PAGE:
DP2586 | The Effects of Direct Foreign Investment on Domestic Firms: Evidence from Firm Level Panel Data in Emerging Economies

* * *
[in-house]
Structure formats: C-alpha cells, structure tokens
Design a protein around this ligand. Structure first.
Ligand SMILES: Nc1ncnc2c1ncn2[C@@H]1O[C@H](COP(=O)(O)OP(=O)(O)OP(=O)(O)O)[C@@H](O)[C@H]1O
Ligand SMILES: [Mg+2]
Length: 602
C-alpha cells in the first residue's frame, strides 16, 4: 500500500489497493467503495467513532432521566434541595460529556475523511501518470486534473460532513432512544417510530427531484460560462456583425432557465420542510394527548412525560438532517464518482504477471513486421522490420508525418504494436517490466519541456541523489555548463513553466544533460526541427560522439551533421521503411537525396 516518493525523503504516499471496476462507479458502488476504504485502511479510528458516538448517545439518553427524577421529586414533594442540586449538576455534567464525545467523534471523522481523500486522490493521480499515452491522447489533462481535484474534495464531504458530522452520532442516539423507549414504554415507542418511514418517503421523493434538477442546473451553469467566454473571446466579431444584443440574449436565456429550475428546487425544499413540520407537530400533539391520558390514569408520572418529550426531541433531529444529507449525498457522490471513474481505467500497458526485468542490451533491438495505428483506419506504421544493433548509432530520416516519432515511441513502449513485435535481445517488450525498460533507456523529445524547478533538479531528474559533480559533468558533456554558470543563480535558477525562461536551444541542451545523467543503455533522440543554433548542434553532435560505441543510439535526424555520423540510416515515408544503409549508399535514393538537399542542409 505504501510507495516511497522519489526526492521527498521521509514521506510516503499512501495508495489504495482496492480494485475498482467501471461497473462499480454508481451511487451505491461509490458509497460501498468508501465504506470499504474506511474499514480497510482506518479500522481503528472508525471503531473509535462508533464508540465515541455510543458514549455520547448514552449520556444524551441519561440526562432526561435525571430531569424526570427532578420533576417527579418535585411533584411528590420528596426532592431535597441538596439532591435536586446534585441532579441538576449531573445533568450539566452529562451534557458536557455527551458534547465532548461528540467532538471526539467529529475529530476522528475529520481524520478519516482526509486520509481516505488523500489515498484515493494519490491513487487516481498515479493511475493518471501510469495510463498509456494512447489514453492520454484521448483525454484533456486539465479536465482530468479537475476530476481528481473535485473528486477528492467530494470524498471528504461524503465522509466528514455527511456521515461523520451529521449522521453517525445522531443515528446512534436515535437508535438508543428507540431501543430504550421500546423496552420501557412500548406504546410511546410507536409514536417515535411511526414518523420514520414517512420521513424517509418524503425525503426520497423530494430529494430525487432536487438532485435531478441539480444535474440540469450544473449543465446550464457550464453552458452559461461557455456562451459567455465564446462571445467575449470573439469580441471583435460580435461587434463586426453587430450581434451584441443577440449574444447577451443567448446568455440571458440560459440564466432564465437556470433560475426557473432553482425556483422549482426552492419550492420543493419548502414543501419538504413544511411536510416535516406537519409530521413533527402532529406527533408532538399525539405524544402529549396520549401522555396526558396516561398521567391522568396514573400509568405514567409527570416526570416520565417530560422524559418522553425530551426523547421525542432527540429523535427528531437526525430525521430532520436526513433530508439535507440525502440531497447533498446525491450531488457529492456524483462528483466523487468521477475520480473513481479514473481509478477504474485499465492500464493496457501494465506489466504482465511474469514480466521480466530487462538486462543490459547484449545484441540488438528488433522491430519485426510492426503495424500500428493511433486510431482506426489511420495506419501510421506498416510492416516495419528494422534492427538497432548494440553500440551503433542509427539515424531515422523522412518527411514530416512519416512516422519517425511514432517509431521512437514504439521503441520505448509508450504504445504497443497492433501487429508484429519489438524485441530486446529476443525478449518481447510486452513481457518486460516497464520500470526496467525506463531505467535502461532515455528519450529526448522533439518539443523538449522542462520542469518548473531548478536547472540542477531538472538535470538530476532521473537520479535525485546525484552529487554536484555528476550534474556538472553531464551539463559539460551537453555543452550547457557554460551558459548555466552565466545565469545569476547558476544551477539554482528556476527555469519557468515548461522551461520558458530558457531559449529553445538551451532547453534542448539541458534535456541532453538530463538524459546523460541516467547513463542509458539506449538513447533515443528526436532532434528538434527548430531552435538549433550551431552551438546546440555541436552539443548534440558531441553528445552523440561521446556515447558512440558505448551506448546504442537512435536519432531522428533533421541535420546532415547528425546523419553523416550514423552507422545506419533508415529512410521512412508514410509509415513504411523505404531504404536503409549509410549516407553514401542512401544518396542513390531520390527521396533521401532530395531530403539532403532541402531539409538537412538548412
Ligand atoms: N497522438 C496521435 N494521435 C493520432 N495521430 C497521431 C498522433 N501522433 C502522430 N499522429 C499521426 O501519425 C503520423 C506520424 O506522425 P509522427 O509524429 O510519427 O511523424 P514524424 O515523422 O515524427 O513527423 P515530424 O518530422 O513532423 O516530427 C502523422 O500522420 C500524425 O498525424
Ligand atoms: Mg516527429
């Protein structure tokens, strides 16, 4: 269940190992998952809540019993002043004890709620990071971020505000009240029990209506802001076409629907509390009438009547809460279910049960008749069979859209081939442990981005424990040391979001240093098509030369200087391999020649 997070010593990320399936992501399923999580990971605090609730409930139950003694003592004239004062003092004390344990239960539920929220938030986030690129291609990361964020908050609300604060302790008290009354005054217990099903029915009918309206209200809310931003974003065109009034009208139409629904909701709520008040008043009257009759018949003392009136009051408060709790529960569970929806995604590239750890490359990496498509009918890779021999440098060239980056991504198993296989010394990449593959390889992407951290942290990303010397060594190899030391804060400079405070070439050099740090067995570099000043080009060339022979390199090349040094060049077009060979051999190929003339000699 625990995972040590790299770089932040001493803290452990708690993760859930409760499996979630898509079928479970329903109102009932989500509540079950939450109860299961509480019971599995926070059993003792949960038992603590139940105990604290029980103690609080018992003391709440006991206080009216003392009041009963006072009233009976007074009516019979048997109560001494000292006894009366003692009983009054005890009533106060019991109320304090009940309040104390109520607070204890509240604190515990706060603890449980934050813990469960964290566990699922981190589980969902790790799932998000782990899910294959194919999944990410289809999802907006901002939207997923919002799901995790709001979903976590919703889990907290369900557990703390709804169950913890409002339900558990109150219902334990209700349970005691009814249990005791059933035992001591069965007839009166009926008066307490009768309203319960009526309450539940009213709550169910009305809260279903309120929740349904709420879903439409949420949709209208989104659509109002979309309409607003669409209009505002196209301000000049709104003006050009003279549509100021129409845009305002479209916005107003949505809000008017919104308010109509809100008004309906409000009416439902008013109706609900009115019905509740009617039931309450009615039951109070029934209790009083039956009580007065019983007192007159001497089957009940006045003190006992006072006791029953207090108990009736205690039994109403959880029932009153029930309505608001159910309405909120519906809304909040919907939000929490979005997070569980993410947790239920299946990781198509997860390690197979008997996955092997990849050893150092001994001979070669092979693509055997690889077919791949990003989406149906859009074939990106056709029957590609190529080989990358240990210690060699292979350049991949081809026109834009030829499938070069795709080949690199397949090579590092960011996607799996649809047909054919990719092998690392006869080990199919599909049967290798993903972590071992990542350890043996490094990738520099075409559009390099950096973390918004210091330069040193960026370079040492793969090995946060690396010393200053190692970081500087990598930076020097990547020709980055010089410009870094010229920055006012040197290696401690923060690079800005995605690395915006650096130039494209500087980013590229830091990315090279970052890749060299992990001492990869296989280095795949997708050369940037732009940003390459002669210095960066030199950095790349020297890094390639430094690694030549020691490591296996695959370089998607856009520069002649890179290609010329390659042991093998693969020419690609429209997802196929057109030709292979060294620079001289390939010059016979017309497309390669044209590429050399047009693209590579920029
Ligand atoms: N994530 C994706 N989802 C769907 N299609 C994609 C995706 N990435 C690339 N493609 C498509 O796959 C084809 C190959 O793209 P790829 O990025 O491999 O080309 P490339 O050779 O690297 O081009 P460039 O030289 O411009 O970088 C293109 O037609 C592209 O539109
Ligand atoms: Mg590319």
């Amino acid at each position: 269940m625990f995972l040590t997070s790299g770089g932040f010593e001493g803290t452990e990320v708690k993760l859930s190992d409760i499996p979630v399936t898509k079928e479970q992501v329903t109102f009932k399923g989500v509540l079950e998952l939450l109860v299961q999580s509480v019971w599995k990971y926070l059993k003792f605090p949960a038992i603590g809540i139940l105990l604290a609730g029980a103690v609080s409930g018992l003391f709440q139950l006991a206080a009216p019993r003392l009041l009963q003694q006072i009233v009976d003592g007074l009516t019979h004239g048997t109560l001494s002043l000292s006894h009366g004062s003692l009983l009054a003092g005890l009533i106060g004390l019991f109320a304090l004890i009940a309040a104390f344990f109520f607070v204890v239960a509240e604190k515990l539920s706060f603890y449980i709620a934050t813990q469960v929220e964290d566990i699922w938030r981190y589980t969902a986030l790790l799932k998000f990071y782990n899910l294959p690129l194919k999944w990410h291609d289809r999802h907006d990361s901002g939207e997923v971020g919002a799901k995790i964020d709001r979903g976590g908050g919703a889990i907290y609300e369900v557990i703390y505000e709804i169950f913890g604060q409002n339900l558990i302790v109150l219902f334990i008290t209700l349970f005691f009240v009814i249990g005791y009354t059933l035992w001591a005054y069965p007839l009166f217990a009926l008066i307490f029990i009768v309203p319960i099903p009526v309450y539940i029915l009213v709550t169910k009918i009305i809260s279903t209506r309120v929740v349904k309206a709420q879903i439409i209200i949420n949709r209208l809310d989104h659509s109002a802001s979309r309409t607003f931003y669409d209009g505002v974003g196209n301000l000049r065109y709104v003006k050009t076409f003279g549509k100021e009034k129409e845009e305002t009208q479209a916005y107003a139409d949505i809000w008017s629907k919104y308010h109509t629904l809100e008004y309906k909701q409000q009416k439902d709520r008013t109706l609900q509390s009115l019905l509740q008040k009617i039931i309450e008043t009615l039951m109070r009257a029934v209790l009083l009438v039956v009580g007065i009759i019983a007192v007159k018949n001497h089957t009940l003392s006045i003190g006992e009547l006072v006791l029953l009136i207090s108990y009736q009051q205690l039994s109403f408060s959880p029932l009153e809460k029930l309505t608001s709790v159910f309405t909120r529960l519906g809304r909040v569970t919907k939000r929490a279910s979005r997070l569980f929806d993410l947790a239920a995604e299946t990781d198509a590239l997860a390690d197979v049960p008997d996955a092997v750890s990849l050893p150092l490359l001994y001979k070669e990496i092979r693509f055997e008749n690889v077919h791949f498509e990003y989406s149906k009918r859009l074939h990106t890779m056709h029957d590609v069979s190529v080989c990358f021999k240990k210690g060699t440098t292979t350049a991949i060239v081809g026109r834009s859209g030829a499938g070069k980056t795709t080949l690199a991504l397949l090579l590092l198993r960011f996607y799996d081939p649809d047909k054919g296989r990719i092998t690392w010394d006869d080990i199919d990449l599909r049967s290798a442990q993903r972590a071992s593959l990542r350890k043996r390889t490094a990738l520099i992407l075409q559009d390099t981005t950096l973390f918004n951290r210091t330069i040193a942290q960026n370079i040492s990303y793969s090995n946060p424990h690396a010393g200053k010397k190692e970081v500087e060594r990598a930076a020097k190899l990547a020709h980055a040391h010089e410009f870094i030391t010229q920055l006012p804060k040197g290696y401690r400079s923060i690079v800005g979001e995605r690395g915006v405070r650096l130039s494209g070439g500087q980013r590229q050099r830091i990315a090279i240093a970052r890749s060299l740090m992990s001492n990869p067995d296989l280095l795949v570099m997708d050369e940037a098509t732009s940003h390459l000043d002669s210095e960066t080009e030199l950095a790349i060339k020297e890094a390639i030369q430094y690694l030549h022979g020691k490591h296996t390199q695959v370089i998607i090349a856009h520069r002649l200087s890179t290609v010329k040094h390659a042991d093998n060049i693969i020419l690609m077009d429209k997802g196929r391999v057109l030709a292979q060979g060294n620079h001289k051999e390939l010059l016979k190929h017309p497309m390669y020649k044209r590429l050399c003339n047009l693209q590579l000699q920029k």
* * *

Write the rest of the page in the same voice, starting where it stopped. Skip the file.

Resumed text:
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This paper uses firm level panel data to investigate empirically the effects of direct foreign investment (DFI) on the productivity performance of domestic firms in three emerging economies of Central and Eastern Europe, Bulgaria, Romania and Poland. To this end a unique firm level panel data set is used with detailed information on foreign ownership at the firm level. Two main questions are addressed in the present paper: (1) Do foreign firms perform better than their domestic counterparts? (2) Do foreign firms generate spillovers to domestic firms? The estimation technique in this paper takes potential endogeneity of ownership, spillovers and other factors into account by estimating a fixed effects model using instrumental variables in the general methods of moment technique for panel data. Only in Poland, I find that foreign firms perform better than firms without foreign participation. Moreover, for all three countries studied here, I find no evidence of positive spillovers to domestic firms on average. In contrast, on average there are negative spillovers to domestic firms in Bulgaria and Romania, while there are no spillovers to domestic firms in Poland. This suggests a negative competition effect that dominates a positive technology effect.